Wall-E is a perfect Pixar production, an alliteration that doesn’t do the magnificent film justice. Since its first feature in 1995, the animation studio continues to outdo itself, combining groundbreaking craftsmanship with brilliant and emotionally engaging stories.
It’s fitting that this film makes subtle references to science fiction classic 2001: A Space Odyssey because Pixar’s creation furthers the evolution of animation and storytelling; a monolith of entertainment for all humans. Like the vast unknown of outer space, writer/director Andrew Stanton (Finding Nemo) explores the limitless possibilities of a computer-generated world and presents a touching take on the future of our own.
A soaring exploration of space comes to rest on Earth, surrounded by a misty cloud of drifting satellites. A closer look reveals a barren landscape of towering stacks of garbage that blend in with the abandoned city skyscrapers. It swoops in on a tiny robot roaming around the wasteland, a diegetic number from “Hello, Dolly” emanating from his on-board recorder.
A massive conglomerate called Buy N Large has seemingly taken over the globe, effectively ruining the population with its convenience. A holographic commercial from BNL tells the audience where all the people have gone. When pollution habits made the planet unlivable, they escaped in the corporate-sponsored spaceship, the Axiom, a 700-year cruise for its passengers.
The first 45 minutes play like a silent film, an unspoken display of amazing visuals punctuated by the beeps and anthropomorphic nuances of the charming robot. Ben Burtt provides the lovable sounds just like he did with another playful droid, R2-D2. The function of the Waste Allocation Load Lifter Earth-Class (or WALL-E) is to compact the trash into cubes and neatly stack them. But over the years, he’s developed a curiosity for little discarded treasures.
Hours before watching the movie, I was at a barbecue where a 2-year-old was being coached on new words. Someone would point to an object and say, “What’s this?” He’d tilt his head slightly to the side and say, “Ta-bril?” before being justly rewarded for his recognition of a table. It’s this same curious quality that equally makes Wall-E unbelievably adorable to adults while relatable to children.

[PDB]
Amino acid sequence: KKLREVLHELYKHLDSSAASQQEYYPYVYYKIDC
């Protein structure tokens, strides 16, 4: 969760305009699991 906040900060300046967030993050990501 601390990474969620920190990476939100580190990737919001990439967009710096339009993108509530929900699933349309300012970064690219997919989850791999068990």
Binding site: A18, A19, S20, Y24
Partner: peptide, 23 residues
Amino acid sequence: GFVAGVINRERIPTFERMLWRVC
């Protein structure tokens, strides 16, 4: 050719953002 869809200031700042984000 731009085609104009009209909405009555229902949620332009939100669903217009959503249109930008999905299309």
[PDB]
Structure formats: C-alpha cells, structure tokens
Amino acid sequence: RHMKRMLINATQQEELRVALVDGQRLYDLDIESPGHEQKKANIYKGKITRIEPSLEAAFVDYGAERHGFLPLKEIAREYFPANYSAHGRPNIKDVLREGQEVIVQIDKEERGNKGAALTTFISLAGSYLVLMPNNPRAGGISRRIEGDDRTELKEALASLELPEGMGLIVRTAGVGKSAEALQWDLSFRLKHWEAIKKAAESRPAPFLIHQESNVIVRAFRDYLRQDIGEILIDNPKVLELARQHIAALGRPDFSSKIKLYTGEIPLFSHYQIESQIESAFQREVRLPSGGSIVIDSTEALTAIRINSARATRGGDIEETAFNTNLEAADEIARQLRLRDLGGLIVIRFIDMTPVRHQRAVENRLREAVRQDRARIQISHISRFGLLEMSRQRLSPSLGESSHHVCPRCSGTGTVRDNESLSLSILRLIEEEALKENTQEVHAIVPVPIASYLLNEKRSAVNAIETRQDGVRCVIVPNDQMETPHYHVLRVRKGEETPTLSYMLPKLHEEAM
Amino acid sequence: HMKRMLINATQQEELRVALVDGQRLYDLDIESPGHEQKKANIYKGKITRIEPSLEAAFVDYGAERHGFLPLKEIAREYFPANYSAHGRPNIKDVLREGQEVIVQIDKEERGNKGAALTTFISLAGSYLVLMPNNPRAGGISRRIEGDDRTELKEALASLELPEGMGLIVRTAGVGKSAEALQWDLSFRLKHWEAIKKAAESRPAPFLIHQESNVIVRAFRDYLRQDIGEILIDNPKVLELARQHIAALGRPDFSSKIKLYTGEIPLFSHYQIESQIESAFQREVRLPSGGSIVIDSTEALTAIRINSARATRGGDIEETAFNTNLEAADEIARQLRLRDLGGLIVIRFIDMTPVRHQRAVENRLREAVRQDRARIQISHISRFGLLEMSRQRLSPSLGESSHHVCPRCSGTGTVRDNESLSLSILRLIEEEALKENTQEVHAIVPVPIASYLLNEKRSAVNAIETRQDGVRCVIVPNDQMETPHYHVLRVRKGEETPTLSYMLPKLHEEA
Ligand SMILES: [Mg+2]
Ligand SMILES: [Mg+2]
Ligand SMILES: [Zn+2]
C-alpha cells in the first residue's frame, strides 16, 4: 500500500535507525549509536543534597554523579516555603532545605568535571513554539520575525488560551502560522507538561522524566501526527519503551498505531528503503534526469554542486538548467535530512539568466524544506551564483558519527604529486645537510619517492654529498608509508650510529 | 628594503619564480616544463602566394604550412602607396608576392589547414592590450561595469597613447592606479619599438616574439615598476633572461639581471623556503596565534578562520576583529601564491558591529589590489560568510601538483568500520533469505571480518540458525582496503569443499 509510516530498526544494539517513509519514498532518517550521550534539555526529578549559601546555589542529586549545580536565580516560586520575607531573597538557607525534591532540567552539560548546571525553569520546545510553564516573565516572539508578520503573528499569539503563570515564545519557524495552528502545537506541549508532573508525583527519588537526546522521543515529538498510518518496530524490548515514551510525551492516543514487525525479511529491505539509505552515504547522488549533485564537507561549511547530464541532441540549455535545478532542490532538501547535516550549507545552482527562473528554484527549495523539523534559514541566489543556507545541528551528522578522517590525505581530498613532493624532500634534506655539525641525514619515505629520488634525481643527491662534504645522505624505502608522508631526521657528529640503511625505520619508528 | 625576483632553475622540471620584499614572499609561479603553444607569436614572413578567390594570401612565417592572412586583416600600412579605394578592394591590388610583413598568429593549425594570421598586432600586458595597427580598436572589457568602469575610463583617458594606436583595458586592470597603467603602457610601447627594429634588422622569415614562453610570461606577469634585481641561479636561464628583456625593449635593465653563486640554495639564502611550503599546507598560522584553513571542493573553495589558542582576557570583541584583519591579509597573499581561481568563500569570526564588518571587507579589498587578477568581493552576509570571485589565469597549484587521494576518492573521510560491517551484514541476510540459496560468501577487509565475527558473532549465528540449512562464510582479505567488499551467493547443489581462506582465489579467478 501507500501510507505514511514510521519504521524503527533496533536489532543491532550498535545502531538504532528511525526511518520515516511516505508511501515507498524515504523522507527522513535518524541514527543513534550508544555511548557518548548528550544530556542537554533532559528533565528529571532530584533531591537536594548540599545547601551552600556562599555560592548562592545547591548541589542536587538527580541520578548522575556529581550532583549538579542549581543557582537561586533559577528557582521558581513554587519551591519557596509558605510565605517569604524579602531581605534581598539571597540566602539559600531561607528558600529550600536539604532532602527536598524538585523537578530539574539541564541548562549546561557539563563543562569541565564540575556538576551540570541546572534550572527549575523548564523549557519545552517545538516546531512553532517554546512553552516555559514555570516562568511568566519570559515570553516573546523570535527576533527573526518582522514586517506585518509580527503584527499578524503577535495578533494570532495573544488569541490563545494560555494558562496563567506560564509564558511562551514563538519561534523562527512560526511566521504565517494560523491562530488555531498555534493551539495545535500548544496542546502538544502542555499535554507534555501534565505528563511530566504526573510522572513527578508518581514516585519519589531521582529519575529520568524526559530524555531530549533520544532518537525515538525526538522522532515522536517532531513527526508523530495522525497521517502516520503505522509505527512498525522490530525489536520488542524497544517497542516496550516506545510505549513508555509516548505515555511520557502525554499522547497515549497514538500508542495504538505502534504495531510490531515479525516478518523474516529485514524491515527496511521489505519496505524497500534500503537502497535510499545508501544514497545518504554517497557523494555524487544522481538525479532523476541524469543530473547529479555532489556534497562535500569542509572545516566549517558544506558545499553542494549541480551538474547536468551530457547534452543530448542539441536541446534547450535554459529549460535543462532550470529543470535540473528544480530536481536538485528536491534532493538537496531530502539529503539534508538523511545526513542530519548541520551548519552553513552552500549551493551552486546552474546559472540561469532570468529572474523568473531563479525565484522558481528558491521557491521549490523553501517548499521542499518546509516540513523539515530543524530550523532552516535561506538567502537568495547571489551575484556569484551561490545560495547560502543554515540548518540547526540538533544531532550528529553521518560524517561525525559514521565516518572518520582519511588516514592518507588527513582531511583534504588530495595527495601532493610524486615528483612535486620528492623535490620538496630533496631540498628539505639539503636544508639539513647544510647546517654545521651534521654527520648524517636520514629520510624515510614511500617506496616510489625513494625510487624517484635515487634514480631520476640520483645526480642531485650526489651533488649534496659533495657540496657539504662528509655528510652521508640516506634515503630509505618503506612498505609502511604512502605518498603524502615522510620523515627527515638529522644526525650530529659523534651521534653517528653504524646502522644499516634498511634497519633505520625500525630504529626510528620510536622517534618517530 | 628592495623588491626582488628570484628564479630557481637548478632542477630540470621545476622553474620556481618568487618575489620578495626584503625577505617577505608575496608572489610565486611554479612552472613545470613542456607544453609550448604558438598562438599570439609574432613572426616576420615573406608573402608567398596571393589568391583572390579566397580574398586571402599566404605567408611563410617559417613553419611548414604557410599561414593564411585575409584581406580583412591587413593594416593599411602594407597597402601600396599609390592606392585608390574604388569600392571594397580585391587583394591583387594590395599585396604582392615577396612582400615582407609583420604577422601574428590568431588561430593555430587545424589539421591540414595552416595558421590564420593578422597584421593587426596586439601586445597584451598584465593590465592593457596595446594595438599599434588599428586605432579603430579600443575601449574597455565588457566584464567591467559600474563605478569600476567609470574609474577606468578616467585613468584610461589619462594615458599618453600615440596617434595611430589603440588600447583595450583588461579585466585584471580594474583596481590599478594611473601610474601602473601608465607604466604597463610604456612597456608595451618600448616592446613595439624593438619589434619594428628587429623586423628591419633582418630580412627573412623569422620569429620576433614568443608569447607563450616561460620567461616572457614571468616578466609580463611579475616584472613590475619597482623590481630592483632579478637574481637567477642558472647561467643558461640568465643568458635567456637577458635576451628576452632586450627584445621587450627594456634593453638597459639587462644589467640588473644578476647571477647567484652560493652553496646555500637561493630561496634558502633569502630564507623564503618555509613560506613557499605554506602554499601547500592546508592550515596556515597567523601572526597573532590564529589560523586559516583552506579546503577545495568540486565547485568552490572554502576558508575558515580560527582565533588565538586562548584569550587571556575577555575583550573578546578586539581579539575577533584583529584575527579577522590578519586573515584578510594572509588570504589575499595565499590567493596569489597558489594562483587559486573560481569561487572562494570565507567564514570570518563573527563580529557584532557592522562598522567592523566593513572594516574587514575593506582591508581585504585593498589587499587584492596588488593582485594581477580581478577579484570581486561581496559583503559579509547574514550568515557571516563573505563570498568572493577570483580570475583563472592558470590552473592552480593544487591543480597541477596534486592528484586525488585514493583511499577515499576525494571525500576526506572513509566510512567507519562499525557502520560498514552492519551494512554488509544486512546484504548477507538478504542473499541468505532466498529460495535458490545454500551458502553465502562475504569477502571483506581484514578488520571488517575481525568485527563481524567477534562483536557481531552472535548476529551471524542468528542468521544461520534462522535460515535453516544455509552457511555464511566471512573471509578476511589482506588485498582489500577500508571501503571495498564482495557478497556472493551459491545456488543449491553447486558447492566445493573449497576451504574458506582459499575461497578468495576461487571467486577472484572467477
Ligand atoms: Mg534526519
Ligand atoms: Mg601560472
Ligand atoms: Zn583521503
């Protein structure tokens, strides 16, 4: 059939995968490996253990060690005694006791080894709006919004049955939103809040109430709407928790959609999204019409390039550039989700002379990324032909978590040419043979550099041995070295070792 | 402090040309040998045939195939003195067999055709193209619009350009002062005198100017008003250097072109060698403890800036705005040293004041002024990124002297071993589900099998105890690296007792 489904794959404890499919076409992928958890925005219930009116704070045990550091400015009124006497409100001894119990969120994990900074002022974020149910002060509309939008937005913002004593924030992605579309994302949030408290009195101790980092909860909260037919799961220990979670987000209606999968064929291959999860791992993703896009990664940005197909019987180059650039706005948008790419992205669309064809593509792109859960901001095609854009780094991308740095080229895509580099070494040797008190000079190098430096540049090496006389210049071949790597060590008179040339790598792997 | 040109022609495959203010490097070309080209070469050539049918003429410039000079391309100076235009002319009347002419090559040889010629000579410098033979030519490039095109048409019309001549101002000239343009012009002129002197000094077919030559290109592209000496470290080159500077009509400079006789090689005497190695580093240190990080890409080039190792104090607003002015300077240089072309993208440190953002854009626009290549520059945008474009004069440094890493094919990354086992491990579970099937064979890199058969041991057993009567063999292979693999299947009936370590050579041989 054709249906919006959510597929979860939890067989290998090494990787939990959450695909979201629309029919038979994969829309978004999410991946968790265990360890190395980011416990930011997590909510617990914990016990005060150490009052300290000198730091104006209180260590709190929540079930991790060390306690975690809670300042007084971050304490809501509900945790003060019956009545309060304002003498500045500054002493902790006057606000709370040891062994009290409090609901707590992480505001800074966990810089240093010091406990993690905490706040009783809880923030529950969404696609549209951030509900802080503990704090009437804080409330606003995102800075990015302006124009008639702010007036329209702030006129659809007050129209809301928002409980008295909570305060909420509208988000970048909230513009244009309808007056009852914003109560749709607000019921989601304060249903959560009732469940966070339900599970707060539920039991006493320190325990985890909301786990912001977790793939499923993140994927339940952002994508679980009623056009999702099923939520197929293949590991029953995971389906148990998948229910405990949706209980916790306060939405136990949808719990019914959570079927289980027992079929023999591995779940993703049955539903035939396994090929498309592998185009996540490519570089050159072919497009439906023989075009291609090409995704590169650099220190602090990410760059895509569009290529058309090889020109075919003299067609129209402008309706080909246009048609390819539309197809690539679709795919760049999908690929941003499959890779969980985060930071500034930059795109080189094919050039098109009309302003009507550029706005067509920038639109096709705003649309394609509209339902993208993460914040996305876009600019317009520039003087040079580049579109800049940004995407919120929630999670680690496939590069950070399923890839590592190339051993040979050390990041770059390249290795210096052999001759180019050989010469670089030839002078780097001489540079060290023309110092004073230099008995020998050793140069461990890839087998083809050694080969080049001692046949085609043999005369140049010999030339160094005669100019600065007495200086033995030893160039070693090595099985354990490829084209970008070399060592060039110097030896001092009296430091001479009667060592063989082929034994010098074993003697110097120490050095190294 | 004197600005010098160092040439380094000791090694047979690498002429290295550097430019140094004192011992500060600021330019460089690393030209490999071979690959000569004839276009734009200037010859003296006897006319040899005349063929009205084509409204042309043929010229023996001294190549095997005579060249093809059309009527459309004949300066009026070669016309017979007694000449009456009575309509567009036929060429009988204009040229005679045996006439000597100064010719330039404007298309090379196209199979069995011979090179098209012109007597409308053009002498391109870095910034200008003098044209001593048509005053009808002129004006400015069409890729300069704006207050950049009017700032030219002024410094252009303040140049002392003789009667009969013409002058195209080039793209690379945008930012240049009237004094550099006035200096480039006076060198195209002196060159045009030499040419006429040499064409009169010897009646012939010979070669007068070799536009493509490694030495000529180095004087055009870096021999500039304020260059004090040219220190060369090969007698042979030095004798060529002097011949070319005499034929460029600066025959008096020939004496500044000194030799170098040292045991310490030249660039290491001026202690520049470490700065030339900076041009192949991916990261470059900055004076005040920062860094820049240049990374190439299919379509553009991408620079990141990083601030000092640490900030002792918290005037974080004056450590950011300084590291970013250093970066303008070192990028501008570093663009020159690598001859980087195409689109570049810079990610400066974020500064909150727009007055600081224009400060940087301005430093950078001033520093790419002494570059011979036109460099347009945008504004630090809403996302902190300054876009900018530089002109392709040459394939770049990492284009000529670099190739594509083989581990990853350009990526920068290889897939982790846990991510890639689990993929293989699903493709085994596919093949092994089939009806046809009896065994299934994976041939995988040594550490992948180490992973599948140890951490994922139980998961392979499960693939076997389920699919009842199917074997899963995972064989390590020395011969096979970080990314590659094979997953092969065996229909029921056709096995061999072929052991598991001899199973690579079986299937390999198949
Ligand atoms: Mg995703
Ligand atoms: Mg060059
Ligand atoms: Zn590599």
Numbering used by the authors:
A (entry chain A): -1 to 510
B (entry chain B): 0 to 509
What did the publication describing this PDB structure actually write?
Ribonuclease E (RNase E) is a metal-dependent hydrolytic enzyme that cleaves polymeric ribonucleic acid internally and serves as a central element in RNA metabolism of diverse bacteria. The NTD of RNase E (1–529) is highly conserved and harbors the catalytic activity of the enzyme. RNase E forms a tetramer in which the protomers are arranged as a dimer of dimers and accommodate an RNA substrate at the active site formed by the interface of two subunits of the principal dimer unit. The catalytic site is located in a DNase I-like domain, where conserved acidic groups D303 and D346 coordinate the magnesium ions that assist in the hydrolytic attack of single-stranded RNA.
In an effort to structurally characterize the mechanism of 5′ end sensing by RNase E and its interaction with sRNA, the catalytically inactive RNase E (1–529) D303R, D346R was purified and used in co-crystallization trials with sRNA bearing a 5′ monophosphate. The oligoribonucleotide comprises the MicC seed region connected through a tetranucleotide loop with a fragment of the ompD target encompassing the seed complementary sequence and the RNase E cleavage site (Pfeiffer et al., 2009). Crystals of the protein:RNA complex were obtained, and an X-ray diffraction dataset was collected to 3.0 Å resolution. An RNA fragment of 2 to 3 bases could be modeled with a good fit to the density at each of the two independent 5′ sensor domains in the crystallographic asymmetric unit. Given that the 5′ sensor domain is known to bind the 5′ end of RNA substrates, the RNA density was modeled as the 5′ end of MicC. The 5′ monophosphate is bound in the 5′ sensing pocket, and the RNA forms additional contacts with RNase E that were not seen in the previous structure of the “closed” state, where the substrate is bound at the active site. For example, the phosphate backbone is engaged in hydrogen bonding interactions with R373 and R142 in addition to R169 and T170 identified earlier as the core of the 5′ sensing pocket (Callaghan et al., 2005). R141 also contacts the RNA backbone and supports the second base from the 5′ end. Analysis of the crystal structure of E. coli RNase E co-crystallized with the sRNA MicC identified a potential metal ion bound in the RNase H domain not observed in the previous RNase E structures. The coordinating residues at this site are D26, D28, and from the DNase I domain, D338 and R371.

After discovering silly uses for everyday items, Wall-E finds a tiny plant growing in a refrigerator. He stores it away for safe keeping just as an automated spaceship lands and delivers a more advanced robot, an Extraterrestrial Vegetation Evaluator (EVE). Wall-E falls in love with the graceful robot and following a perilous introduction, he’s able to win her over. Having seen “Hello, Dolly” countless times, he just wants to impress her and hold hands. But when he shows her the plant, she stores it away and shuts down.
The same ship returns to retrieve Eve and complete the directive, but Wall-E doesn’t want to be left alone again without his new love. He grabs onto the ship as it rockets into space and begins an adventure aboard the Axiom floating without destination in the stars.
The passengers are all overweight reclining blobs ravaged by anti-gravity, sloth, and gluttony. The robots are more life-like than the humans, constantly skittering about to bringing meals in cups to the side of hover seats so the lazy can remain fixated on the projected TV show inches from their fat faces.
An autopilot system rejects the tiny plant and the protocol to return to Earth, labels Eve and Wall-E as dangerous rogues, and locks the captain (voiced by Jeff Garlin) in his cabin. With the help of a gang of misfit robots, the two must find a way to deliver the plant and rescue humanity.
The story is an obvious cautionary tale about how our reckless behavior could affect the environment, but is never preaching or pessimistic. Children will be delighted by cute robot antics and the older audience can appreciate the emotional and intellectual depth the film presents.
(There’s also a hilarious 5-minute short film shown before the feature called Presto about a magician and his hungry rabbit. Great stuff.)